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2013 May 16

What bioinformaticians do

Filed under: Uncategorized — gasstationwithoutpumps @ 08:33
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I recently read two blog posts about what bioinformaticians do (though both claim to be about “what it takes”):

The first post is talking about a shift from “bioinformatics” to “computational biology”—that is, a shift from designing algorithms and data structures to answer biological questions to asking biological questions for which computational tools already exist.  It has quotes with some hype about job opportunities in bioinformatics, but it also has some counterpoints about more realistic views of the bioinformatics job market.  The tone of the piece overall is that bioinformatics is the best of all possible fields.

The second post has a less exalted view of bioinformatics, pointing out that most bioinformatics jobs are data wrangling.  They do say that even data wranglers can do research if they want to, which makes them better off than most wet-lab technicians.

Both posts stress the importance of programming, statistics, and knowing some biology.


2013 April 29

Scientists need math

Filed under: Uncategorized — gasstationwithoutpumps @ 14:28
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At the beginning of April (but not on April Fool’s Day), the Wall Street Journal published an essay by E.O. Wilson (a famous biologist): Great Scientists Don’t Need Math. The gist of the article is that Dr. Wilson never learned much math and did well in biology, so others can do so also:

Wilson’s Principle No. 1: It is far easier for scientists to acquire needed collaboration from mathematicians and statisticians than it is for mathematicians and statisticians to find scientists able to make use of their equations.

Wilson’s Principle No. 2: For every scientist, there exists a discipline for which his or her level of mathematical competence is enough to achieve excellence.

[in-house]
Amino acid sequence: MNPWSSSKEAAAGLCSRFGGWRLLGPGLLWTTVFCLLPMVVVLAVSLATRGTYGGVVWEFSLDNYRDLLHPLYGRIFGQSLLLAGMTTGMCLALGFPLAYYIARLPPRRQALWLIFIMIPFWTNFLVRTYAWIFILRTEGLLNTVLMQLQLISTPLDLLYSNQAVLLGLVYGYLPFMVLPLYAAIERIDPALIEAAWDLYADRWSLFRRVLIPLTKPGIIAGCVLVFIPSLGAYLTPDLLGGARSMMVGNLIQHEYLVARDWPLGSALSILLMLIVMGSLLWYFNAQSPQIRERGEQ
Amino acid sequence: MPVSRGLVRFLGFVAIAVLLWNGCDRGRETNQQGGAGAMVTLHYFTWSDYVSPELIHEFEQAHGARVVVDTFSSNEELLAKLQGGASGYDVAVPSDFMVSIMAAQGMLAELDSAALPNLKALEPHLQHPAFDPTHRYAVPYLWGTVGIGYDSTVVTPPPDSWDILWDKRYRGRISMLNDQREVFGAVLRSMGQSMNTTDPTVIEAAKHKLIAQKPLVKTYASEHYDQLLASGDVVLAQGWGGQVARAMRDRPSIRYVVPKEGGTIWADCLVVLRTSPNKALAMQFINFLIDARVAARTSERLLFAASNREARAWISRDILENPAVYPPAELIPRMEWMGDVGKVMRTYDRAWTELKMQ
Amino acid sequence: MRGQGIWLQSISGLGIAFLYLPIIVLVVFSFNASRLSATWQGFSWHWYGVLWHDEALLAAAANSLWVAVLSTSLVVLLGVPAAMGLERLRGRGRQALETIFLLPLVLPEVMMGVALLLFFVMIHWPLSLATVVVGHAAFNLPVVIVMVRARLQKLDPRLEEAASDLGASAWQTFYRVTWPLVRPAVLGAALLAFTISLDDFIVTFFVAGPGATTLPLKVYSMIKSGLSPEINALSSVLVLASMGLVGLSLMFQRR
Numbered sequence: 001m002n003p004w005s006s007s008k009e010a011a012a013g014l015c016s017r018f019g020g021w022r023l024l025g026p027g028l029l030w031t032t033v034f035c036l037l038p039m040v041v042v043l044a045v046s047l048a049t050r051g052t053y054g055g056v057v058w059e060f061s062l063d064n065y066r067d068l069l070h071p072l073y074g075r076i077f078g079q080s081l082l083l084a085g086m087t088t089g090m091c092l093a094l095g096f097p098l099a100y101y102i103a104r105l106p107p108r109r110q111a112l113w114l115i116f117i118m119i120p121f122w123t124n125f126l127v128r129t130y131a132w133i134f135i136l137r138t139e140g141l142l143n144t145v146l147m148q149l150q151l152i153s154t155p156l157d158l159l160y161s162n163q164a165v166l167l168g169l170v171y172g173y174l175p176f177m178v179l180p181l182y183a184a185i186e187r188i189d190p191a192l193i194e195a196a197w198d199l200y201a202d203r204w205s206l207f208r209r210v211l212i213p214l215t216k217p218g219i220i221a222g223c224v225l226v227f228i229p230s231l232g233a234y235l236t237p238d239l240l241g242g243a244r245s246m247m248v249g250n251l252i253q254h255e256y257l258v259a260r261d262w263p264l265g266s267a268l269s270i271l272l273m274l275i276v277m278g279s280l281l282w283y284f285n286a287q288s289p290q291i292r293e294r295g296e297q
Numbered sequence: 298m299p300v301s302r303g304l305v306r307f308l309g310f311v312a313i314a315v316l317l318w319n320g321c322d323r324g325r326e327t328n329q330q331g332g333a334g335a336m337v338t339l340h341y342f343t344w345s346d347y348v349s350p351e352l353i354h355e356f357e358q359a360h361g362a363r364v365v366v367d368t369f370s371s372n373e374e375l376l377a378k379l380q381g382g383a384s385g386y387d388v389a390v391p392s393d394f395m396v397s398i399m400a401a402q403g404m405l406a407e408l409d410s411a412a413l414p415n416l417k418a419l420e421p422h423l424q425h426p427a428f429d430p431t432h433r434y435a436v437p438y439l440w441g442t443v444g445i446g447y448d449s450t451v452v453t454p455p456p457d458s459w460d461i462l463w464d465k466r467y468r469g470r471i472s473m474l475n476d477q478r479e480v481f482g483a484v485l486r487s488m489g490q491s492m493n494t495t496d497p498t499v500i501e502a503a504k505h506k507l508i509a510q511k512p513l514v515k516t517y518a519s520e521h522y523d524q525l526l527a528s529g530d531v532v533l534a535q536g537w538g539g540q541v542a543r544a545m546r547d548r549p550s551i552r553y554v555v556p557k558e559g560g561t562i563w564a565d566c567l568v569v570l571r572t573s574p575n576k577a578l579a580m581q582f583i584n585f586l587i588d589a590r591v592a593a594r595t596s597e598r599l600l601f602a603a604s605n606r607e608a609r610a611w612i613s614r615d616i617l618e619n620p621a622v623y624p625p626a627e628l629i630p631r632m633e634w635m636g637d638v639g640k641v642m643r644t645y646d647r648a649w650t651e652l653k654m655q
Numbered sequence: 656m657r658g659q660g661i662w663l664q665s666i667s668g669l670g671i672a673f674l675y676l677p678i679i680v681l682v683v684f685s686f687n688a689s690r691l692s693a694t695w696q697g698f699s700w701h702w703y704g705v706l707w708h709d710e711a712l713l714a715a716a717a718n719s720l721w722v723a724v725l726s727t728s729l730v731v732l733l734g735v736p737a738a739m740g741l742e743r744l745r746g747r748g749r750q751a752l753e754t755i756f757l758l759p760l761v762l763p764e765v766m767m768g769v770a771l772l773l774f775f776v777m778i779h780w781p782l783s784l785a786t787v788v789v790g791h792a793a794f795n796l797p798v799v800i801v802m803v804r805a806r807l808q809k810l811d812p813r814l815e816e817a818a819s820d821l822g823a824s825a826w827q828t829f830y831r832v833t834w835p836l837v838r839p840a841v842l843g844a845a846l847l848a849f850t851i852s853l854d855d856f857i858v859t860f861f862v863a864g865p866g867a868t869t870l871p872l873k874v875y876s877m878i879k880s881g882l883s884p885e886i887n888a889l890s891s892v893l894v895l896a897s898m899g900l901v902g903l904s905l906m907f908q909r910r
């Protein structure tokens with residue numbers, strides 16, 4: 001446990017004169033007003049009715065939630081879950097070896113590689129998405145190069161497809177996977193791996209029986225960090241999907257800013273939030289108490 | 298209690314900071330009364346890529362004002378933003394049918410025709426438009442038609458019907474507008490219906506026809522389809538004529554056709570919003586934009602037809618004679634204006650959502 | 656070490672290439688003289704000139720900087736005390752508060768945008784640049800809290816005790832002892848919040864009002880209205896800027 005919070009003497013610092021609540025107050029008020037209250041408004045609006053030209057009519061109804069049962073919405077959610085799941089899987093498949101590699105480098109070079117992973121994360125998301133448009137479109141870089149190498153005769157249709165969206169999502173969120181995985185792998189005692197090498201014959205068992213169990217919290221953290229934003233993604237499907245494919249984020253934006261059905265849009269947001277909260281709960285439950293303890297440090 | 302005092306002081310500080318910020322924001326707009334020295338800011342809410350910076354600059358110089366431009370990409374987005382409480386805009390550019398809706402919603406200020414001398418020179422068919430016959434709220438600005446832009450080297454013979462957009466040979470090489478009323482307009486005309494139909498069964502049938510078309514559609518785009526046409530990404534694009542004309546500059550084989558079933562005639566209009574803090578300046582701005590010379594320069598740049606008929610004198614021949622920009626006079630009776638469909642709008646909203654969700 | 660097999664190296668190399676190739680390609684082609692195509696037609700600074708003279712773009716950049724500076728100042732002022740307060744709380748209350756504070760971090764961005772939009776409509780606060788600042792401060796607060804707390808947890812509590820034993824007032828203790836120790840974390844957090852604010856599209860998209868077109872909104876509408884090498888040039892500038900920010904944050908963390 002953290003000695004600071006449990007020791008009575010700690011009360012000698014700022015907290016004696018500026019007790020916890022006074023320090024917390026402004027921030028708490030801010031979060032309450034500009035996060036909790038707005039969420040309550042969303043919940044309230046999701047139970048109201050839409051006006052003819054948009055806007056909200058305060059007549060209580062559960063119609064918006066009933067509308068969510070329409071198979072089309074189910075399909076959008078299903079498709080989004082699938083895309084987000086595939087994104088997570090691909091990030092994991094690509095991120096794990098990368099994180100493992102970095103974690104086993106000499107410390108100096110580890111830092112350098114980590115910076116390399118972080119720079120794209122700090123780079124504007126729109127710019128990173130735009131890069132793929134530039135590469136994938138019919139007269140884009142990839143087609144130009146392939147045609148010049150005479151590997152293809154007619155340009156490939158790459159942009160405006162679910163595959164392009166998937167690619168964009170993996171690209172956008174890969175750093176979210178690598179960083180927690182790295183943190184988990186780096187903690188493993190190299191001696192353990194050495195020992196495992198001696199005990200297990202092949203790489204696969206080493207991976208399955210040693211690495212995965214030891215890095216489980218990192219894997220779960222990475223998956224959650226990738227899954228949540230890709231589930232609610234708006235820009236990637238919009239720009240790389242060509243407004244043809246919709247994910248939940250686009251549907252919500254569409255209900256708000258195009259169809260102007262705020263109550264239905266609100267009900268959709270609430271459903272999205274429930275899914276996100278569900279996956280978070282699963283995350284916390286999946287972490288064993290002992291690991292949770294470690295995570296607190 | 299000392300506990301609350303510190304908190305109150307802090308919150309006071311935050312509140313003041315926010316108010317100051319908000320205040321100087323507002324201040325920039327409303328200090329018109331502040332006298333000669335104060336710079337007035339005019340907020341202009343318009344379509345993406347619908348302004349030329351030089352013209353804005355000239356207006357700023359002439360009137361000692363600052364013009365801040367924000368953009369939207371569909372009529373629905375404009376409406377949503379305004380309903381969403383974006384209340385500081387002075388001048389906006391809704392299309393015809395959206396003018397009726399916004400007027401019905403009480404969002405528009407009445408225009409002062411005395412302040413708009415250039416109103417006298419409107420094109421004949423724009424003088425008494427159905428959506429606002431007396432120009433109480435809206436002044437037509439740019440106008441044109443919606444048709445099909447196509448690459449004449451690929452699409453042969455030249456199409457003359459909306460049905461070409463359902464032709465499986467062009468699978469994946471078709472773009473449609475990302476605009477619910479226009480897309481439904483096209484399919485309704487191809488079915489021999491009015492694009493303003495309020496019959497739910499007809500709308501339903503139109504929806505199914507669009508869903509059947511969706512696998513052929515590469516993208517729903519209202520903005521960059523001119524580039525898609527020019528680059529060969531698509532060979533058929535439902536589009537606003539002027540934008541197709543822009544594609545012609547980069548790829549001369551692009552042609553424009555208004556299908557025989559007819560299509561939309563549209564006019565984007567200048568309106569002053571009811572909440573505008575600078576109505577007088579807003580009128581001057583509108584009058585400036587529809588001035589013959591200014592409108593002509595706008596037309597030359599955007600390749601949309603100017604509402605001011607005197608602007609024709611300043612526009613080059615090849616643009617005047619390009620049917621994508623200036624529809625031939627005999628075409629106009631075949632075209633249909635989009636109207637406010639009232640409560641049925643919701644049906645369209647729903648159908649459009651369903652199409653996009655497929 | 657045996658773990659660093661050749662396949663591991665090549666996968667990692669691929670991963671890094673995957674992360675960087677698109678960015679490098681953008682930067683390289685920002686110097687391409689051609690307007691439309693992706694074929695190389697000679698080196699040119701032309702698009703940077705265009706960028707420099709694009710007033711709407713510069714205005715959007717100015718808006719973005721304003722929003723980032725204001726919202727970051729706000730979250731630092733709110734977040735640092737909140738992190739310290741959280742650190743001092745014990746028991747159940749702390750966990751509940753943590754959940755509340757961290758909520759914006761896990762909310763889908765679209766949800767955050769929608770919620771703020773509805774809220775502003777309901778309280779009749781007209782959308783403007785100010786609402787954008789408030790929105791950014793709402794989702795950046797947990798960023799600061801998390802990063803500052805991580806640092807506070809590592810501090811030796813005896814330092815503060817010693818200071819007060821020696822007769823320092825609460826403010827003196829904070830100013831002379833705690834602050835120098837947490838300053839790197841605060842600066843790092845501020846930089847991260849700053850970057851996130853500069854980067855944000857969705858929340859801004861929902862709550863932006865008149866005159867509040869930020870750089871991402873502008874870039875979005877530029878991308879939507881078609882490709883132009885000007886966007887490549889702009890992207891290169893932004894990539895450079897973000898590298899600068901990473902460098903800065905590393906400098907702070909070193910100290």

The first principle is probably true, but is more a sociological statement than one inherent to the disciplines: applied mathematicians and statisticians welcome collaborations with all sorts of scientists and are happy to learn about and work on real problems that come up elsewhere, while biologists (particularly old-school ones like Dr. Wilson) tend not to be interested in anything outside their own labs and those of their close collaborators and competitors.

The second principle is possibly also true, though much less so than in the past.  Biology used to be a major refuge for innumerate scientists, but modern biology requires a really strong foundation in statistics, far more than most biology students are trained in. The number of positions for innumerate scientists is rapidly shrinking, while the supply of innumerate biology PhDs is growing rapidly.  In the highly competitive job market for biology research, those who follow E. O. Wilson’s advice have a markedly smaller chance of getting the jobs they desire. Of course, Dr. Wilson seems to be unaware of the decades-long oversupply of biology researchers:

During my decades of teaching biology at Harvard, I watched sadly as bright undergraduates turned away from the possibility of a scientific career, fearing that, without strong math skills, they would fail. This mistaken assumption has deprived science of an immeasurable amount of sorely needed talent. It has created a hemorrhage of brain power we need to stanch.

An undergrad degree in biology (even from Harvard) has not gotten many students much more than low-level technician jobs for most of that time (admission to grad school is the better option, as biology PhDs have been able to get temporary postdoc positions at least).  Perhaps Dr. Wilson considers a dead-end job at little more than minimum wage a suitable scientific career—many others do not.

Dr. Wilson does make one unsubstantiated claim that I agree with:

The annals of theoretical biology are clogged with mathematical models that either can be safely ignored or, when tested, fail. Possibly no more than 10% have any lasting value. Only those linked solidly to knowledge of real living systems have much chance of being used.